*     |  | cleaned                 V            inactive CPU |   | on inactive
 *     |  |                   +------------+                  |   | CPU
 *     |  +-------------------| DISCARDING |<-----------------+   |
 *     |                      +------------+                      |
 *     | asynchronously             ^                             |
 *     | copied spec.               |       discard()             |
 *     | into principal             +------------------------+    |
 *     |                                                     |    V
 *  +----------------+             commit()              +------------+
 *  | COMMITTINGMANY |<----------------------------------| ACTIVEMANY |
 *  +----------------+                                   +------------+

In writing up this comment, I became elated that I was able to render the state transition diagram as a planar graph. In fact, I was so (excessively) proud that I showed the state transition diagram to my wife, explaining that I wanted to have it tattooed on my back.6 But my initial cut of this had a typo: instead of saying “discard() on active CPU,” that edge was labelled “dicard() on active CPU.” Of course, my wife saw this instantly, and — without a missing a beat — responded “please don’t tattoo ‘dicard’ on your back.” Pride goeth before a fall, but it’s especially painful when it goeth mere seconds before…

Anyway, if you’ve already read all three of these (the Solaris Dynamic Tracing Guide, <sys/dtrace.h> and <sys/dtrace_impl.h>) then you’re ready to start reading the source for purposes of understanding it. If you run into source that you don’t understand (and certainly if you believe that you’ve found a bug), please post to the DTrace forum. Not only will one of us answer your question, but there’s a good chance that we’ll update the comments as well; if you can’t understand it, we probably haven’t been sufficiently clear in our comments. (If you haven’t already inferred it, source readability is very important to us.)

Well, that should be enough to get oriented. If it isn’t obvious, we’re very excited to be making the source to Solaris available. And hopefully this hors d’oeuvre of DTrace source will hold your appetite until we serve the main course of Solaris source. Bon appetit!

1 It’s unclear what passes for convincing in this regard. Perhaps people just want to be sure that it’s not just a bunch of files filled with the results of “while true; do banner all work and no play makes jack a dull boy ; done“?

2 The reason that it’s CTF and not CCTF is a kind of strange inside joke: the format is so compact, even its acronym is compressed. Yes, this is about as unfunny as the Language H humor that we never seem to get sick of…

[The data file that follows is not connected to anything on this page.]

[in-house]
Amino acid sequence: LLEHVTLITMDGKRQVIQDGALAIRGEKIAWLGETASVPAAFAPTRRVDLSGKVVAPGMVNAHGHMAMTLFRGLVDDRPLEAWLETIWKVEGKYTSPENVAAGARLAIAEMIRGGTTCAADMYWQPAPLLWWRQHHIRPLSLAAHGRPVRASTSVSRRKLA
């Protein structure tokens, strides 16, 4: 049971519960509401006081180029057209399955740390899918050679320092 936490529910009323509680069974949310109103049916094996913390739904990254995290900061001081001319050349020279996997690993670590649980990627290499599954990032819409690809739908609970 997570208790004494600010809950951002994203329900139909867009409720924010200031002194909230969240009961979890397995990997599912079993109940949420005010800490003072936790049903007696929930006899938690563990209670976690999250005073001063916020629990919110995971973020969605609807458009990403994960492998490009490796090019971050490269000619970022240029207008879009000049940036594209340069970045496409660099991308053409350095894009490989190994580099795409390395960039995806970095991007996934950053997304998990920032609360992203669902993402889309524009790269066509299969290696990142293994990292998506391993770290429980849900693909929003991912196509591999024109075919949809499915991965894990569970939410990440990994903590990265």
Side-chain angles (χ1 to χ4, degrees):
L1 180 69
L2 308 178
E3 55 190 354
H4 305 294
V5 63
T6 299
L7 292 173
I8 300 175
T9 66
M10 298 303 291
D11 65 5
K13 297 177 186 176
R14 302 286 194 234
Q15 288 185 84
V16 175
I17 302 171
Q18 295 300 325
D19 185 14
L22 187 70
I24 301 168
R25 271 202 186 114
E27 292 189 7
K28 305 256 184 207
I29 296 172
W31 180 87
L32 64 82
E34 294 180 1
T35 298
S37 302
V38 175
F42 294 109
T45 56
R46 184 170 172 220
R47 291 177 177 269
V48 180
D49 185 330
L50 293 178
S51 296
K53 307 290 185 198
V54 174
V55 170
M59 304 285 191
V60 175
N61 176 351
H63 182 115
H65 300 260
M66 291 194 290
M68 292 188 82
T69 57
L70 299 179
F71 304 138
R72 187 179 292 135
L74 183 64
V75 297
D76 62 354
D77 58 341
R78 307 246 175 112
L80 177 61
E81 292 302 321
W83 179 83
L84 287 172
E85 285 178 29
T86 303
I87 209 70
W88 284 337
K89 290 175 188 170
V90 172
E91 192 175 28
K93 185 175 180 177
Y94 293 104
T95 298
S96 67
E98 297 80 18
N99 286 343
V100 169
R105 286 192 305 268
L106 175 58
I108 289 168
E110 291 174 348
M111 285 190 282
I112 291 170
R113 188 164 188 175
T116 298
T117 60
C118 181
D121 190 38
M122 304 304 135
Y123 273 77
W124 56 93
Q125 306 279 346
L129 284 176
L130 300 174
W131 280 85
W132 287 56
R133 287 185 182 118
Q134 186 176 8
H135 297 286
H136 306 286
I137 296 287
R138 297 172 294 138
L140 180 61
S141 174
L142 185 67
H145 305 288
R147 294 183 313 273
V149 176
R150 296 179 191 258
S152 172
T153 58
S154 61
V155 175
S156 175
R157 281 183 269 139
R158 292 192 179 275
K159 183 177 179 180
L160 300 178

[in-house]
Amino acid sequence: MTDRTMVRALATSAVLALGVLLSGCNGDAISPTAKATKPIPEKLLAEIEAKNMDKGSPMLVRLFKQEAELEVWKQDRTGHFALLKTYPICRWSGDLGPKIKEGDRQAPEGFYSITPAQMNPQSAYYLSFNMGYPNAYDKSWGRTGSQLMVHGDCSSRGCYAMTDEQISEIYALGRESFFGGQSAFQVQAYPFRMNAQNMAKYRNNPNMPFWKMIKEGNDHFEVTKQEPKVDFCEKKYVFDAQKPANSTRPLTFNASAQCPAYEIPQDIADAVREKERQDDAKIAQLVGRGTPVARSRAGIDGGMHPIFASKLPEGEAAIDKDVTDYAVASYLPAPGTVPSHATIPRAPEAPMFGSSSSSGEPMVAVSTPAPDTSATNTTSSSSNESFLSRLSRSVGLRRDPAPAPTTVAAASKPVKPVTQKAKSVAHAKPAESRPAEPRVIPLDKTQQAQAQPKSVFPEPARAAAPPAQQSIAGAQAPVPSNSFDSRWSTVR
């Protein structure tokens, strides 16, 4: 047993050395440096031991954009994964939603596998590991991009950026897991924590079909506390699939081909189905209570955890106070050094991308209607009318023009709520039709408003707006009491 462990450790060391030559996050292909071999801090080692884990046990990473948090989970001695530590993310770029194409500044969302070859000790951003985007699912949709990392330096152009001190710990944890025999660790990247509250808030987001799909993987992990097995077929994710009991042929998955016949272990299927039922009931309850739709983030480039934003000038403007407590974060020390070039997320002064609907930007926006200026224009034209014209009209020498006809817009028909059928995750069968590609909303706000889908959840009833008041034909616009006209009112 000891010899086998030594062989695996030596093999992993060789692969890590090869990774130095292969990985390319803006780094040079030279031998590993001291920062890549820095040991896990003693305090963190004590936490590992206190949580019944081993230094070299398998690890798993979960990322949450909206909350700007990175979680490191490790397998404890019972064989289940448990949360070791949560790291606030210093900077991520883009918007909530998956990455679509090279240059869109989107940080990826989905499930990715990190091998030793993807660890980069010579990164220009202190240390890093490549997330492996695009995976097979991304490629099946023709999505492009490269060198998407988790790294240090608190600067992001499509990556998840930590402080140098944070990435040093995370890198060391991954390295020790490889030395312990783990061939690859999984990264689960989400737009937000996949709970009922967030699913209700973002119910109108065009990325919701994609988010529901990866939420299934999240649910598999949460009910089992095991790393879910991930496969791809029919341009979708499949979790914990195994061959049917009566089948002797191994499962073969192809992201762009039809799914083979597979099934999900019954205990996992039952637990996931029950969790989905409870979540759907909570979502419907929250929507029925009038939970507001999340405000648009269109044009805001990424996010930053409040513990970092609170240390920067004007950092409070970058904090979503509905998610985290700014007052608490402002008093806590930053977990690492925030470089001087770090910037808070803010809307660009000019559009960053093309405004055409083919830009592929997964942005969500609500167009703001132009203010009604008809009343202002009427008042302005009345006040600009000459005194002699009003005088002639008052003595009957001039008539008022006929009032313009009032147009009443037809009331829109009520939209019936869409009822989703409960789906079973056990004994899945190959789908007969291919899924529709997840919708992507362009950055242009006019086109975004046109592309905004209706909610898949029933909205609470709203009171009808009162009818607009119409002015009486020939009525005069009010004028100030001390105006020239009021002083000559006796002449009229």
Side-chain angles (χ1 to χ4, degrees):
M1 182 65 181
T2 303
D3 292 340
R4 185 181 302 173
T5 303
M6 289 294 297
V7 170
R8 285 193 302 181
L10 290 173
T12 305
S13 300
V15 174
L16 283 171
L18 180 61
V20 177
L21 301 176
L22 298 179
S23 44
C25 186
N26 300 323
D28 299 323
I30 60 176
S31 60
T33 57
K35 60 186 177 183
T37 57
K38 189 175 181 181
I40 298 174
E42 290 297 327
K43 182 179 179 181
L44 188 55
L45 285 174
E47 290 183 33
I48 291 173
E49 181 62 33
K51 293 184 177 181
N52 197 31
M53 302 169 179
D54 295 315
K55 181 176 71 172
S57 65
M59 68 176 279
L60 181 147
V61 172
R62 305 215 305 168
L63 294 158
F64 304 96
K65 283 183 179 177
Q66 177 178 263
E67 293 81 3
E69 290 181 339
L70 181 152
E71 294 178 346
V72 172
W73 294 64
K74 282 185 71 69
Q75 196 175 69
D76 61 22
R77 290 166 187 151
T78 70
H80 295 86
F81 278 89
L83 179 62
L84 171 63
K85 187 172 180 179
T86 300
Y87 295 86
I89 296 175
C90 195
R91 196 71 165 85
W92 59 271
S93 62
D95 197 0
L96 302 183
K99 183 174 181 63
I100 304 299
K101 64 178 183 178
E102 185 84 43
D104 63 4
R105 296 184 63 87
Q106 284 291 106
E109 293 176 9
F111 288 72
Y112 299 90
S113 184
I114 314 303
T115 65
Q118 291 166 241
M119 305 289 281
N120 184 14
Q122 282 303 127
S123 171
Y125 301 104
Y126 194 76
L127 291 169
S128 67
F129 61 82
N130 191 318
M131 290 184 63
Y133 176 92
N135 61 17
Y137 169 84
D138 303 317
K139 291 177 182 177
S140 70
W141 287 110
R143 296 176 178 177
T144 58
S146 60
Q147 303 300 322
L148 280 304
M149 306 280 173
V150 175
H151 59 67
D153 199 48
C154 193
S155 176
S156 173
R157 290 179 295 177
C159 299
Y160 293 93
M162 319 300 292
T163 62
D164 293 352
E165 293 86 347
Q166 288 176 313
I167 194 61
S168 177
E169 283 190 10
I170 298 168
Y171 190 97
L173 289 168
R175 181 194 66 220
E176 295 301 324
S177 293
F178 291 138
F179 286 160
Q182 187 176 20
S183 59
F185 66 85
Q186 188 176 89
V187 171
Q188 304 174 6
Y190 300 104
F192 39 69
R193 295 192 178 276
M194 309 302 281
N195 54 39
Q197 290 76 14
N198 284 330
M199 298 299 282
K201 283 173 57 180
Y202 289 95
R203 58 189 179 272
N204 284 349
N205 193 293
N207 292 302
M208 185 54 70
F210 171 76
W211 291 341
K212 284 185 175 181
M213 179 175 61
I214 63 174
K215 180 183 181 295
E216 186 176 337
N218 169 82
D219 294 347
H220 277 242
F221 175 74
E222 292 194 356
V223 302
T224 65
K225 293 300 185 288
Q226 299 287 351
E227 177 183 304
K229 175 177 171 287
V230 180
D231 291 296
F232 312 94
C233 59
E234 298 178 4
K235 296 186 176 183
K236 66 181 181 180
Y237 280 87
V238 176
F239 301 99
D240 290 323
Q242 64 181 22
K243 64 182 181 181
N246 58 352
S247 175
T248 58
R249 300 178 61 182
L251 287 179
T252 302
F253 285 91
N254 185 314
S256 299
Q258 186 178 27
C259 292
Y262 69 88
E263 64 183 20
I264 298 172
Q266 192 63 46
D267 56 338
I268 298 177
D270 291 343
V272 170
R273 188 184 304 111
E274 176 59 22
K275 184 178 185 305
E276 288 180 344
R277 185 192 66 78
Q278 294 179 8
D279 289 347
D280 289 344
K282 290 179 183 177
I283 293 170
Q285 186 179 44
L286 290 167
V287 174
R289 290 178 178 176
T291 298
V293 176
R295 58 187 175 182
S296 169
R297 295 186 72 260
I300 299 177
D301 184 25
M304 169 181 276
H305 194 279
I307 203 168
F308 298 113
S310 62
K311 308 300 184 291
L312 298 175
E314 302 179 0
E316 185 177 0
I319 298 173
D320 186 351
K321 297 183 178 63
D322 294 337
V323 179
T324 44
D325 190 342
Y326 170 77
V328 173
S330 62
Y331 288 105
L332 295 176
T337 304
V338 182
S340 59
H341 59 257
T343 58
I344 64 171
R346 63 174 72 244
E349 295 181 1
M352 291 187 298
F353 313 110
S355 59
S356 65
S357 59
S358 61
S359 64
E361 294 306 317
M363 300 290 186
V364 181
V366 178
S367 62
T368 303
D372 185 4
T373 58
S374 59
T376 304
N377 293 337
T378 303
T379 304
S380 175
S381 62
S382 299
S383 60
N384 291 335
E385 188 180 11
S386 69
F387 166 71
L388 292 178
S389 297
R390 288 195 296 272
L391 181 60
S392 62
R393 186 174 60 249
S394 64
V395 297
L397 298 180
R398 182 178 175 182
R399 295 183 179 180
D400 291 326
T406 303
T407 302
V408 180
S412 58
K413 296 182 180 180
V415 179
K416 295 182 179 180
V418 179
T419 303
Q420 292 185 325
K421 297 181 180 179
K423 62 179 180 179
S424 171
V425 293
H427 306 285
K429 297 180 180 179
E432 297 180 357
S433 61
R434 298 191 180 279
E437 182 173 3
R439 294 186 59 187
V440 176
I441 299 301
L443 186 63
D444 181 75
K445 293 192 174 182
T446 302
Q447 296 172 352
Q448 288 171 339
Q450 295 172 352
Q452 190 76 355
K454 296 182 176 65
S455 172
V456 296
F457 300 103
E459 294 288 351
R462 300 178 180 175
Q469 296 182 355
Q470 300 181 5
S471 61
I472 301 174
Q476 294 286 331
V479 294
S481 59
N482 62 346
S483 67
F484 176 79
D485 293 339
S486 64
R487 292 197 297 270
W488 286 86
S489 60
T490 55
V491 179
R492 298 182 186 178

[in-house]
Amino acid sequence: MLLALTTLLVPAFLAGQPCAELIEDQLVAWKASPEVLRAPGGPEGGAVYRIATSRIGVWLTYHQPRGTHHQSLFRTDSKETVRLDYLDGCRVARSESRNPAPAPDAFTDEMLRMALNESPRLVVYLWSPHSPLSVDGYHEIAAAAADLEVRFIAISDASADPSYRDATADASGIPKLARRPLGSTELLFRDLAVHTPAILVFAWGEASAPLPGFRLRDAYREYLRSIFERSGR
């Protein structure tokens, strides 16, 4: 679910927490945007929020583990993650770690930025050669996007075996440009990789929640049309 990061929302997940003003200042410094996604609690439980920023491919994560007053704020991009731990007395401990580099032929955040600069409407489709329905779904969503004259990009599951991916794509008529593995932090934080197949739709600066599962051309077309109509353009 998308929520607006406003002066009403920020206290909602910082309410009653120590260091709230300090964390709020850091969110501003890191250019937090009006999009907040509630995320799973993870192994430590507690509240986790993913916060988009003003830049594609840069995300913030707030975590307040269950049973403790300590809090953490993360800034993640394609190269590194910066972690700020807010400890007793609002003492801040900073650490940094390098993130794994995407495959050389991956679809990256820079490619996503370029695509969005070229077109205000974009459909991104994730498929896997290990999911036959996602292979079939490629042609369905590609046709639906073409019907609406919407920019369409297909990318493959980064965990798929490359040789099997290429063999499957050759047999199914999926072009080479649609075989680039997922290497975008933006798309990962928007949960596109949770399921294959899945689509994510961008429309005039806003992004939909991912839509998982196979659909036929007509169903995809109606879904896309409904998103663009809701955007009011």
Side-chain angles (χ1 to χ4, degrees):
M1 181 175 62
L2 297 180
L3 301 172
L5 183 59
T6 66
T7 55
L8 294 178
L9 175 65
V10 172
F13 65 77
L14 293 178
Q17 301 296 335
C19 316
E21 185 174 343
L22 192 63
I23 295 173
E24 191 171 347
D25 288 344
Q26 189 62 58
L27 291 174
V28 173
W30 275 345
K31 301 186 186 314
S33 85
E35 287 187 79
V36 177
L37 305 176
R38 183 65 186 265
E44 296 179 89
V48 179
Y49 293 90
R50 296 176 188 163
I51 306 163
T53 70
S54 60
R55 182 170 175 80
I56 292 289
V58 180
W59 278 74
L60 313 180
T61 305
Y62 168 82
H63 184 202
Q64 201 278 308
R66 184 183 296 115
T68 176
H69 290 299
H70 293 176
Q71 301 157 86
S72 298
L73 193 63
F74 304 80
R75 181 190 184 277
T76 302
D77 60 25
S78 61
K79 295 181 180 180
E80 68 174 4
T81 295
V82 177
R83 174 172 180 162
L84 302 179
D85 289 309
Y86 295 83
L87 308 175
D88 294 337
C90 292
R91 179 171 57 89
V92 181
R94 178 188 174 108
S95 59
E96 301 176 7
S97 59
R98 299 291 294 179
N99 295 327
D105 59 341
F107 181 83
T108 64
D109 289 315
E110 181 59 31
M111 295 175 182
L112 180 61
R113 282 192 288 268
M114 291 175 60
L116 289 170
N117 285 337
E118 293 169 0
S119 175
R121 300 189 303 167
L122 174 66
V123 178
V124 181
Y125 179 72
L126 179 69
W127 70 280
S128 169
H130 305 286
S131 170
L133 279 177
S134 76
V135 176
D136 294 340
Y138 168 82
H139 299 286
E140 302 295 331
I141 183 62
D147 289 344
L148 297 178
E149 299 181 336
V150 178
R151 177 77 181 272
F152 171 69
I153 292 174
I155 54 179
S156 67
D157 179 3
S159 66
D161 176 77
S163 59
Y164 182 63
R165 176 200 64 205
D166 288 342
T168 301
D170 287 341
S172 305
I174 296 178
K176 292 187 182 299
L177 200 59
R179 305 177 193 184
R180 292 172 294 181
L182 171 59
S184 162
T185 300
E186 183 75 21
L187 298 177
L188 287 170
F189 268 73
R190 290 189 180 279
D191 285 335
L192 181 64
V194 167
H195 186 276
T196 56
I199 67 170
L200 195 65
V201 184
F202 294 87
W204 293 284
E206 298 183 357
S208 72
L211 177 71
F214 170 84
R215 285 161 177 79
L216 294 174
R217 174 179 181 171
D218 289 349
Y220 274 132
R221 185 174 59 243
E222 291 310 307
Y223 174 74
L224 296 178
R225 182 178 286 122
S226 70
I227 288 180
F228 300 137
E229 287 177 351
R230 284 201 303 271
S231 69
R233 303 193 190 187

3 Please don’t infer from this that I’m a SPARC bigot; both of my laptops, my desktop and my build machine are all AMD64 boxes running the 64-bit kernel. It’s only that the SPARC version of this particular operation happens to be interesting, not that it’s interesting because it happens to be SPARC…

4 This brings up a fable of sorts: once, many years ago, there was a system for dynamic instrumentation of SPARC. Unlike DTrace, however, this system was both aggressive and naïve in its instrumentation and, as a result of this unfortunate combination of attributes, couldn’t guarantee safety. In particular, the technique used by the function here — using a DCTI couple to effect instruction picking — was incorrectly instrumented by the system. When confronted with this in front of a large-ish and highly-technical audience at Sun, the author of said system (who was interviewing for a job at Sun at the time) responded (in a confident, patronizing tone) that the SPARC architecture didn’t allow such a construct. The members of the audience gasped, winced and/or snickered: to not deal correctly with this construct was bad enough, but to simply pretend it didn’t exist (and to be a prick about it on top of it all) was beyond the pale; the author didn’t get the job offer, and the whole episode entered local lore. The moral of the story is this: don’t assume that someone asking you a question is an idiot — especially if the question is about the intricacies of SPARC DCTI couples.

5 It’s unclear if this was really a deliberate philosophy or more an accident of history, but it’s certainly a Solaris philosophy at any rate. Perhaps its transition from Unix accident to Solaris philosophy was marked by Jeff‘s “Riemann sum” comment (and accompanying ASCII art diagram) in <sys/kstat.h>?

6 I’m pretty sure that I was joking…